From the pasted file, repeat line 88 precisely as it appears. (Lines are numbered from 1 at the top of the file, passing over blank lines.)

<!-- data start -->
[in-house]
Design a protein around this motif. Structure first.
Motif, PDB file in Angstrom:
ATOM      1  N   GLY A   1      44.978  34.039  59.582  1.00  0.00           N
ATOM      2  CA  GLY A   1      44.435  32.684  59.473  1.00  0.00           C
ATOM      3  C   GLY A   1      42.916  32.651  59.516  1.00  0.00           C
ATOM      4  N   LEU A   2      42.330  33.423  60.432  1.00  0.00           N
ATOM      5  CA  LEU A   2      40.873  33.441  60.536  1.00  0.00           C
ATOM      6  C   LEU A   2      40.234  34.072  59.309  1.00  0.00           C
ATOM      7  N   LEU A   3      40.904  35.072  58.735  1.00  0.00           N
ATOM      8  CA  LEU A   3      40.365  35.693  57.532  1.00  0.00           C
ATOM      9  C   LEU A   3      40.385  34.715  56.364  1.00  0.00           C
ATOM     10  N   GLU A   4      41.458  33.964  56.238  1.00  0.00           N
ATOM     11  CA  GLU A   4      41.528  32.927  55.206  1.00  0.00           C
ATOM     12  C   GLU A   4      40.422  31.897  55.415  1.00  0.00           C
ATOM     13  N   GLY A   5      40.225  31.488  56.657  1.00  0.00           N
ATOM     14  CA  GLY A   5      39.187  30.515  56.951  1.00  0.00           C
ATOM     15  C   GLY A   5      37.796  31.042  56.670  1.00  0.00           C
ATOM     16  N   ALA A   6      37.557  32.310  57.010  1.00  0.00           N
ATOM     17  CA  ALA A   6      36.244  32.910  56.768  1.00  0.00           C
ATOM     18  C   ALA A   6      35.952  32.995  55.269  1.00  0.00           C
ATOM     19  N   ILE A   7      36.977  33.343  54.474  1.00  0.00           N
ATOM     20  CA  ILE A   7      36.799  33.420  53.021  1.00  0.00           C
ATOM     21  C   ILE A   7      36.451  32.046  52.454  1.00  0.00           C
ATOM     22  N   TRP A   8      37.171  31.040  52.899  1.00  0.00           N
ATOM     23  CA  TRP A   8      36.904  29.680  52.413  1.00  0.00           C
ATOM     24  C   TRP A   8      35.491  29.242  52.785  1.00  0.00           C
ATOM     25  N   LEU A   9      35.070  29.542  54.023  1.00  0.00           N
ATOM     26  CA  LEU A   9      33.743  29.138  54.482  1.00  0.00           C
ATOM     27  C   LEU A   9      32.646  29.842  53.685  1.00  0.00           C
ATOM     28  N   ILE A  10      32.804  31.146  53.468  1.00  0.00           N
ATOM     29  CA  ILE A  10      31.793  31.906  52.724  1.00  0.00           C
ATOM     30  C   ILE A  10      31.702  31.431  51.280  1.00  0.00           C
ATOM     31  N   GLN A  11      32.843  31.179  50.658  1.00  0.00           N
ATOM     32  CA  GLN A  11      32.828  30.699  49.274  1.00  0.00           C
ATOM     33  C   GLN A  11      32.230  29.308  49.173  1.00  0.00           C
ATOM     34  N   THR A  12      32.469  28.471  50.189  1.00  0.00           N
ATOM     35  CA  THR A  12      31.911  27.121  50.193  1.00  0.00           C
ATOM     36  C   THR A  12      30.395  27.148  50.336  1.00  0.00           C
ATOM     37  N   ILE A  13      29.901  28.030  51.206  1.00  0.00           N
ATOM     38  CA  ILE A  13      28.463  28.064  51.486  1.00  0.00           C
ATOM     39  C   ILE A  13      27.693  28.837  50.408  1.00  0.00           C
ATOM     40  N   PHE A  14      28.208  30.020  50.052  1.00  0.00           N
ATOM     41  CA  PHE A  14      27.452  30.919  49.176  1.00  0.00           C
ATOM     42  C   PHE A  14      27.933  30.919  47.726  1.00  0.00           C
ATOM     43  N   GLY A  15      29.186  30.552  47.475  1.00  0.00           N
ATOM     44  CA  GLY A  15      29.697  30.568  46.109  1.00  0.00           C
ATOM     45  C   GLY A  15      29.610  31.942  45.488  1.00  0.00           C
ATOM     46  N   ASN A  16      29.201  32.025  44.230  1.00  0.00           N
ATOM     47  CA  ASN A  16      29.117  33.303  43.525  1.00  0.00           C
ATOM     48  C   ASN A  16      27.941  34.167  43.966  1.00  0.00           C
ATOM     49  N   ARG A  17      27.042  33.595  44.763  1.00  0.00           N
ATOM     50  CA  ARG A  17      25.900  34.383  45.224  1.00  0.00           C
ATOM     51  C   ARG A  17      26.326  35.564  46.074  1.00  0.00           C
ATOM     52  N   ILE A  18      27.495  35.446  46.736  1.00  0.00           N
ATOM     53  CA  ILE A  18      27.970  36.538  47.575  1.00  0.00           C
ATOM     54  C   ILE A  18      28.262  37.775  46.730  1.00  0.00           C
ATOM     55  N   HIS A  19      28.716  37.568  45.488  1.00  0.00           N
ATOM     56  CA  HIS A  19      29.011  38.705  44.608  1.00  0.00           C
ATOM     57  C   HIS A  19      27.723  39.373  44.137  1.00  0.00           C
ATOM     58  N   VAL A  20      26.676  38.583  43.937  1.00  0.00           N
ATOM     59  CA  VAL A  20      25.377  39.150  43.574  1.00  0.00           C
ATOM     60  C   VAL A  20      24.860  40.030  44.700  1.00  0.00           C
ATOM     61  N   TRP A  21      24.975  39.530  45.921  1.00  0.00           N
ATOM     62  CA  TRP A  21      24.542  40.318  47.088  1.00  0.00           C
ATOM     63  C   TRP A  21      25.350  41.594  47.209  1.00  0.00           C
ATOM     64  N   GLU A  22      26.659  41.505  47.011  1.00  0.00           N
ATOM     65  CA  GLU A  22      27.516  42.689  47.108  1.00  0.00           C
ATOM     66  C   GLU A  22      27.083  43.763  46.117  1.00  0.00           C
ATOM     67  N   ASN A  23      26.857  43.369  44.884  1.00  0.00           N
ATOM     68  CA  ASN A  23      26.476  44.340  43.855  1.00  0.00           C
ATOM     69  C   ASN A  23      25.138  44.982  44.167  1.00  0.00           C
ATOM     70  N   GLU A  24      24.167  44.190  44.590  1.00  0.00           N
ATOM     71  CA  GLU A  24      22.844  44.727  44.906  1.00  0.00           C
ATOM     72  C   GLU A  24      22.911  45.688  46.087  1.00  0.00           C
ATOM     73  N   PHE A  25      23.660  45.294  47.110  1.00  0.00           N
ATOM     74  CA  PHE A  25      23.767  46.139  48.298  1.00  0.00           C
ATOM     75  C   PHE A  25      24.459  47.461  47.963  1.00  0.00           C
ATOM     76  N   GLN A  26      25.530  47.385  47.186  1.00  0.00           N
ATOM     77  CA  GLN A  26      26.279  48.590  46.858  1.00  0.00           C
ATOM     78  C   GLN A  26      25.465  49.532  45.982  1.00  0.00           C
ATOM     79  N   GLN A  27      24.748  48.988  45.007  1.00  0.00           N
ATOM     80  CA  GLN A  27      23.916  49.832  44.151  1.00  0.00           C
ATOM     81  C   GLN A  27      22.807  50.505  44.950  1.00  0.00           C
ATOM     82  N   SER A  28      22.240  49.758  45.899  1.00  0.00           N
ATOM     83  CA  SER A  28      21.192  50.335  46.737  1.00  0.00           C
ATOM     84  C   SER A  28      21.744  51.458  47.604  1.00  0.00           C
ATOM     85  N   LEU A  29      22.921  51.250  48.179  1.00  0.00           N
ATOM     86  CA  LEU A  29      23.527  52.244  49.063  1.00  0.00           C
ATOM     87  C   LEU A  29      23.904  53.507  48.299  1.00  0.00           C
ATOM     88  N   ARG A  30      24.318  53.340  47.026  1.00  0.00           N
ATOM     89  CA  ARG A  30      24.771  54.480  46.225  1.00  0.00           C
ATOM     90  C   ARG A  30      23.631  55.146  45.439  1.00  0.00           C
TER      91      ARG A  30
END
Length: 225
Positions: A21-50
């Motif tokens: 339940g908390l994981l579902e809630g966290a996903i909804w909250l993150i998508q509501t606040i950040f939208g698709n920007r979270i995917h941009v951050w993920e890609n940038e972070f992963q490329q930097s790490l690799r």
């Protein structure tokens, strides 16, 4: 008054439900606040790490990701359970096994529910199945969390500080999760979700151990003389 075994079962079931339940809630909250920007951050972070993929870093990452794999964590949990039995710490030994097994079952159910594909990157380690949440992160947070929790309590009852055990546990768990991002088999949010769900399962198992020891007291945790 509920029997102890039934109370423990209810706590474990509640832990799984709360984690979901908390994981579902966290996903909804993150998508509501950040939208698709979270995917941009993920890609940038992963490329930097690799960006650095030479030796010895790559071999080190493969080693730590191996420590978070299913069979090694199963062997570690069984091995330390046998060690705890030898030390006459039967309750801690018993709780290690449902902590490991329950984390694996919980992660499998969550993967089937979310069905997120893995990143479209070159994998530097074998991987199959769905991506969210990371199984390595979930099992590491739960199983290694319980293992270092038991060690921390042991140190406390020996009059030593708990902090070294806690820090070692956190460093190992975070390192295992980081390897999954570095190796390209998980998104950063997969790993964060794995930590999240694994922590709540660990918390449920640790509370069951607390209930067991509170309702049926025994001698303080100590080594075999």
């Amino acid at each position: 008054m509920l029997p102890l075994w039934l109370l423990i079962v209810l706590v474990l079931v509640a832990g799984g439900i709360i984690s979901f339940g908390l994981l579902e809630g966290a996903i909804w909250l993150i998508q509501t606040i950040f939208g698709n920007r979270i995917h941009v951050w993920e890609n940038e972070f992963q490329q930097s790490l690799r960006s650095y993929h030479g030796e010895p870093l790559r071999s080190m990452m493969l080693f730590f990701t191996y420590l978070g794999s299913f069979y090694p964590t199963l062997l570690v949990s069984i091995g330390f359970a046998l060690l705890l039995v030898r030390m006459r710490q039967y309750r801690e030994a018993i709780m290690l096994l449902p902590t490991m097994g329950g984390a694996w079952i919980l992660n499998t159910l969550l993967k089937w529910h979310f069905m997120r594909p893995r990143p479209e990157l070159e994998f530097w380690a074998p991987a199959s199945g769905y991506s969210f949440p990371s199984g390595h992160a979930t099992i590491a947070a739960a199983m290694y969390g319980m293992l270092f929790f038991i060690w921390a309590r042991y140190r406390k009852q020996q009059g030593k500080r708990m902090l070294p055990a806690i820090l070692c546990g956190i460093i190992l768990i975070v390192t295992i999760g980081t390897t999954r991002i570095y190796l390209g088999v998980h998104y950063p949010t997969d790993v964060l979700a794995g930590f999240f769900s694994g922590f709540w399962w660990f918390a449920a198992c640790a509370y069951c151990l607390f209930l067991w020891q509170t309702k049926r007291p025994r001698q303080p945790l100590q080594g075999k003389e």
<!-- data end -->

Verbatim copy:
ATOM     85  N   LEU A  29      22.921  51.250  48.179  1.00  0.00           N